But there really is no significant movement or institutional power which wants to return to Jim Crow, segregation, or slavery. Israelis don't have to go looking for anti-semitism; the rockets are a pretty good reminder. Who is that is actively trying to demean, disenfranchise or destroy black Americans? What actual institutional structures exist to keep black people down? And if you could find any, how would they compare in impact relative to the policies, programs, and laws which do exist to help minorities?

Frankly, I think this racist victimhood mentality is a destructive pathology in American culture. It has no place in a serious academic environment except as a case study of dangerous and bankrupt sociology, like Nazism or communism. I'd prefer such things were consigned to the dustbin of history, only to be studied as examples to be avoided.

I have a one word counter: Katrina.

Am I a Katrina conspiracy nut? No. I don't believe the government opened floodgates hoping to drown black people. But I also don't believe we'd have bought the scare stories of savagery from New Orleans if we'd been talking about white people. And I don't think it would have taken half so long to get men and supplies to the dome if it had been full of white people.

If I may be allowed a small plug for Desert Bayou, a friend's movie (story credit: Me, incidentally,) I don't think 600 white people would have been loaded onto a plane, not told where they were going, flown across the country to, say, Cleveland, (the African-American equivalent of Salt Lake City?) illegally searched upon arrival, publicly accused by the state's highest law enforcement officer of being a bunch of criminals, housed on a military reservation far from the city as opposed to hotels or motels, and then held under curfew.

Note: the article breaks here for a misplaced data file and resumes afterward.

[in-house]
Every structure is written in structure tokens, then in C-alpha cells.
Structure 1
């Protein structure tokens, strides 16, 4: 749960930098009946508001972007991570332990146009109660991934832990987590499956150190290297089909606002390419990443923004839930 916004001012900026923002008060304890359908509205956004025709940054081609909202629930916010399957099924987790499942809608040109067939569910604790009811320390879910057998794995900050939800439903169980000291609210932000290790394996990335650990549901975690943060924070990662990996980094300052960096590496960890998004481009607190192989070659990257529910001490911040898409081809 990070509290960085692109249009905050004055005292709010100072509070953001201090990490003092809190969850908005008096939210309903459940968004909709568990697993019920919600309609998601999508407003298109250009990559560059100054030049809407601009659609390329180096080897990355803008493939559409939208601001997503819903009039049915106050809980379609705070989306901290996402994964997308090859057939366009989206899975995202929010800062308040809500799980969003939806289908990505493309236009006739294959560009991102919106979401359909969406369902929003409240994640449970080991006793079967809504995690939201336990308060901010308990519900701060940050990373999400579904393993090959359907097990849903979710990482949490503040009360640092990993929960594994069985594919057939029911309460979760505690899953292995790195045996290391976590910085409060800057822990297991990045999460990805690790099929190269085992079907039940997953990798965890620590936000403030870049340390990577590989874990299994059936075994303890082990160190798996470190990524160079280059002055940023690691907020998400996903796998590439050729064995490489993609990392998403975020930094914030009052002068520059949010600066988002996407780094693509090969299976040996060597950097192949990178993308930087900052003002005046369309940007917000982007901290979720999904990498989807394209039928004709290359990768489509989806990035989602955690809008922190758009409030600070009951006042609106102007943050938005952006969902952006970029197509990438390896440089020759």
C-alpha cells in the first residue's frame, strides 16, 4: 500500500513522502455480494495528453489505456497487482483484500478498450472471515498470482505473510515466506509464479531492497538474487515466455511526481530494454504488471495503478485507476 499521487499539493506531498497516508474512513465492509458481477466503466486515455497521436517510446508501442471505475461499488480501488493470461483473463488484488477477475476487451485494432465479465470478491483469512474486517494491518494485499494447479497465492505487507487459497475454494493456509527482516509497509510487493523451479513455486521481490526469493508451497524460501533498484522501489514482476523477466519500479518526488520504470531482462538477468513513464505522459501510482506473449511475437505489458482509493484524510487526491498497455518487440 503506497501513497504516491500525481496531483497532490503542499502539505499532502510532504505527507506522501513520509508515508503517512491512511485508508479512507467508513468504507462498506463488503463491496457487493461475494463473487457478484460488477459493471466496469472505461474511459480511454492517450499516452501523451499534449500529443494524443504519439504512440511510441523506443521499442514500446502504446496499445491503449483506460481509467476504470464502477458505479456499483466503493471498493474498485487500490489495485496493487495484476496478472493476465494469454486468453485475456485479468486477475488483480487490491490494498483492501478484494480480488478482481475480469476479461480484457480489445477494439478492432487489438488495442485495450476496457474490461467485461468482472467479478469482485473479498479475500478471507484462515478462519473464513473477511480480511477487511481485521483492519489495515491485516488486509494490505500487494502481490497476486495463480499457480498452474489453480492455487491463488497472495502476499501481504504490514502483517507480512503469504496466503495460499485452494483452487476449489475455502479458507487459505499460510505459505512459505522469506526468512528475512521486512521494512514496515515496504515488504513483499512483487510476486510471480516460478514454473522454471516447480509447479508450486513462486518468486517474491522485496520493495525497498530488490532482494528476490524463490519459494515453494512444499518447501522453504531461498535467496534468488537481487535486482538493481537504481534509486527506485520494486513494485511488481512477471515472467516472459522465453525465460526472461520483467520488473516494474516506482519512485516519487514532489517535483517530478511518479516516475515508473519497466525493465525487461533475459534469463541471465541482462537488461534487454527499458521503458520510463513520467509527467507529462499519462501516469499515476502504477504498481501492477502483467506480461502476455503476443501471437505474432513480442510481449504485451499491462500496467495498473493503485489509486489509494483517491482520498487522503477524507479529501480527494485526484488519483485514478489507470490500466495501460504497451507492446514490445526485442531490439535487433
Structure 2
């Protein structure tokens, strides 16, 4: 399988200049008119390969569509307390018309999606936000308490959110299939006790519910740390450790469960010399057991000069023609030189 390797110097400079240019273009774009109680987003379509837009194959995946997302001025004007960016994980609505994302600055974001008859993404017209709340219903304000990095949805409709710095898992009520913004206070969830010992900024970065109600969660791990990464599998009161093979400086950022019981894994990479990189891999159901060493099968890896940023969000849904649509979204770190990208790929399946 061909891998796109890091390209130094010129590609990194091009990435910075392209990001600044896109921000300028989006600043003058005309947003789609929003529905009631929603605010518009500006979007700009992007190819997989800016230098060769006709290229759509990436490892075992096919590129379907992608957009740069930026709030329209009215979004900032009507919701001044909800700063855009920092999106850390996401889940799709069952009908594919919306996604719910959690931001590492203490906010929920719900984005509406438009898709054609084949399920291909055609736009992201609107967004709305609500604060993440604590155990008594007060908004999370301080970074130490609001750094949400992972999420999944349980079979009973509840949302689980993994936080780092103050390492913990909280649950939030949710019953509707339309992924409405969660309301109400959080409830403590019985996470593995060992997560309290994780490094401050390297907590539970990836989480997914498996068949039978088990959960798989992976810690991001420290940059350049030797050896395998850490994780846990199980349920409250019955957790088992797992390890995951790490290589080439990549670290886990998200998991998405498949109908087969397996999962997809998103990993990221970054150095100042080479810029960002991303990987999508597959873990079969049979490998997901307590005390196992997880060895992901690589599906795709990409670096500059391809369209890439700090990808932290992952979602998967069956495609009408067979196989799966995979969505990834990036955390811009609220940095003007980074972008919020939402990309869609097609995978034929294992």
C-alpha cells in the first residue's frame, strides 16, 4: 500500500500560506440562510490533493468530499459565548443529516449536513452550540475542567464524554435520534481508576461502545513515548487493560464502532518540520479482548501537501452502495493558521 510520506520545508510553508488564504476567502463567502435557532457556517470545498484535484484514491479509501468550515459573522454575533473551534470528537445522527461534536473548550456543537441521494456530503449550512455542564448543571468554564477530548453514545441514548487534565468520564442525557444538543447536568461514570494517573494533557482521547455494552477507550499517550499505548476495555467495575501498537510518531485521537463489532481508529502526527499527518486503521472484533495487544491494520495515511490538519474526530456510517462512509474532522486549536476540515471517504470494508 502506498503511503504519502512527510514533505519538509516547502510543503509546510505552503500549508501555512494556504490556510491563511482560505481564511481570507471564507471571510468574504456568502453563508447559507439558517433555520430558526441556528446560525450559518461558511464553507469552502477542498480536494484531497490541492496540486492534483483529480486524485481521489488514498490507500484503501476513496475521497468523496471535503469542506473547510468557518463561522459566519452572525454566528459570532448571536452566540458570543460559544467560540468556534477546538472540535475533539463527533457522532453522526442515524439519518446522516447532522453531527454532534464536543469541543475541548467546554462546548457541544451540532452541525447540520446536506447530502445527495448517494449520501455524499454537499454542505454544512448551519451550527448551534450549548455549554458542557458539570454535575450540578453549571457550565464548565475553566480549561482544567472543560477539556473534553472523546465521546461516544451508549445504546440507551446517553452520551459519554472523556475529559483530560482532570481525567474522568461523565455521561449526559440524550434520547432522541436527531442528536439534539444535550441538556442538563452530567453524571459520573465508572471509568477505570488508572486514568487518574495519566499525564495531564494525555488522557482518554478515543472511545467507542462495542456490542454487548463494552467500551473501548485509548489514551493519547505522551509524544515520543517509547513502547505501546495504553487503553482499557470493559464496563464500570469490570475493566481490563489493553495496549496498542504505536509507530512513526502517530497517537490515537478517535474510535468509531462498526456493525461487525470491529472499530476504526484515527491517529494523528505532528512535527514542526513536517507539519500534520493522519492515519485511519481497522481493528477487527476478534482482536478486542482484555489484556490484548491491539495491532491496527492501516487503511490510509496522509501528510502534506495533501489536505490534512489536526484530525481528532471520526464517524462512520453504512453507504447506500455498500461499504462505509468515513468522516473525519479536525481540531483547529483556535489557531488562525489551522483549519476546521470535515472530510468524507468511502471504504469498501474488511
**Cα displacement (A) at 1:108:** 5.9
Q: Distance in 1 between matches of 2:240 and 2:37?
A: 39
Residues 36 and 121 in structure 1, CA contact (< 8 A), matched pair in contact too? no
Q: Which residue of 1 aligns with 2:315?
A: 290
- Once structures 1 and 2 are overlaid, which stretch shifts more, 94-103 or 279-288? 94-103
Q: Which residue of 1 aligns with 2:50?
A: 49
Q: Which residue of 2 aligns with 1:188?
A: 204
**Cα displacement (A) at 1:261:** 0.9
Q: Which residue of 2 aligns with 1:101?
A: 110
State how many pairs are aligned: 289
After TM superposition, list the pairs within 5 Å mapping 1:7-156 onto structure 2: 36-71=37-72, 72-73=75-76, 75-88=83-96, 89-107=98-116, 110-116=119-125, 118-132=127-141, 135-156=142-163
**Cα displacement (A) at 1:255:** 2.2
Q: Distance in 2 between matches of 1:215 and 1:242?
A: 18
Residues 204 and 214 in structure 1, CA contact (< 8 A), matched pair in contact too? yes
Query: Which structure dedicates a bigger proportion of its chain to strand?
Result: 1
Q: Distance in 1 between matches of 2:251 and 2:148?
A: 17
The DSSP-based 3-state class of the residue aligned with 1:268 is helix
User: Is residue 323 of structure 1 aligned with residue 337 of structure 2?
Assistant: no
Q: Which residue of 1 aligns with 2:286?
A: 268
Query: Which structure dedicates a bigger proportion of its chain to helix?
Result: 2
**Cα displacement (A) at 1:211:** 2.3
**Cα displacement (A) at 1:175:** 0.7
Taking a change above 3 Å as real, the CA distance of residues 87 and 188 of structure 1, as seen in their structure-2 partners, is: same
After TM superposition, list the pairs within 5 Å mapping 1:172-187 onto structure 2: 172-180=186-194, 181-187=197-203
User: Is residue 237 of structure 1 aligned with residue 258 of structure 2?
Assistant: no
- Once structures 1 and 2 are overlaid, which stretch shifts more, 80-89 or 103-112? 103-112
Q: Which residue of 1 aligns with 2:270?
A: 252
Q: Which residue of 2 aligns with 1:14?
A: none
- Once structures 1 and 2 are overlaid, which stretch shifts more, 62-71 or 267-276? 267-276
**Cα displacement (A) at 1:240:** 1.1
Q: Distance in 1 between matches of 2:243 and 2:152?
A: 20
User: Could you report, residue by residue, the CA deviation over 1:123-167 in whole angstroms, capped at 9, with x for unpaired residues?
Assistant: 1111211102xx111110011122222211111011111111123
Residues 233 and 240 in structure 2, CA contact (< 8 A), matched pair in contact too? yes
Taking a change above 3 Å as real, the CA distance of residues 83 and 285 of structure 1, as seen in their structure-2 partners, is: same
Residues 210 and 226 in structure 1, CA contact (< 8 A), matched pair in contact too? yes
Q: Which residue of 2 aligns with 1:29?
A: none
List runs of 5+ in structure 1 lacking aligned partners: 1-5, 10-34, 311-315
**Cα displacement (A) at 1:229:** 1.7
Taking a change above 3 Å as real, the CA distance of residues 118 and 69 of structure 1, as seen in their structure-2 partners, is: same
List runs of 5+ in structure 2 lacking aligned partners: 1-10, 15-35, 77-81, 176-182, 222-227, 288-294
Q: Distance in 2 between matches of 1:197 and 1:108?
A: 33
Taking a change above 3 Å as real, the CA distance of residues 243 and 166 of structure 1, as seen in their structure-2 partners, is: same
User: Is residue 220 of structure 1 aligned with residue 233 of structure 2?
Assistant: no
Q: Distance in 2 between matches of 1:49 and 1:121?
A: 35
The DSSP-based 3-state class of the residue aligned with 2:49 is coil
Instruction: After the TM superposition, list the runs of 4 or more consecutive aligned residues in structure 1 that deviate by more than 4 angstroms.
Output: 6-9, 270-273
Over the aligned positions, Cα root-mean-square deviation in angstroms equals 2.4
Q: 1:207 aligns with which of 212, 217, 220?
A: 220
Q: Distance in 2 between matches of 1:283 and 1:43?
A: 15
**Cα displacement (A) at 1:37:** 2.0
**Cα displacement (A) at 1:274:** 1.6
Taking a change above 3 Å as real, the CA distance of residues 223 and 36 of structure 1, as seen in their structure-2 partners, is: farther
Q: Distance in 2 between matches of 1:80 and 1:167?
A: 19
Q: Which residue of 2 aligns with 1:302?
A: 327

I don't see that happening to white people.

Racism is very much alive and well. It may have gone underground, but it is far from gone. And yet, I agree that it is overstated, and I agree that focusing on racism as a single-bullet-theory of all the ills of the African-American population is destructive. It's because racism is still so alive that I disagree vehemently with the buffoons running the University of Delaware's little thought-crime indoctrination camp.

Hey, geniuses of Delaware: in the end we want less racism, not more. Right? So you really figure the way to achieve that is to label all whites as racist? Since whites cannot become black, they cannot by your logic ever be anything other than racists, which eliminates entirely the possibility of any progress whatsoever, and ensures that racism will survive in perpetuity.

Seriously, you guys run a college?

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“Makes Me Glad I Dropped Out.”

  1. Blogger Pastor_Jeff Says:


    Thanks for the link and the thoughtful words.

    I'd add a number of social conservative groups to those who've fallen into the "mission creep" mindset. There's money and hay to be made going on and on about culture wars and liberal media.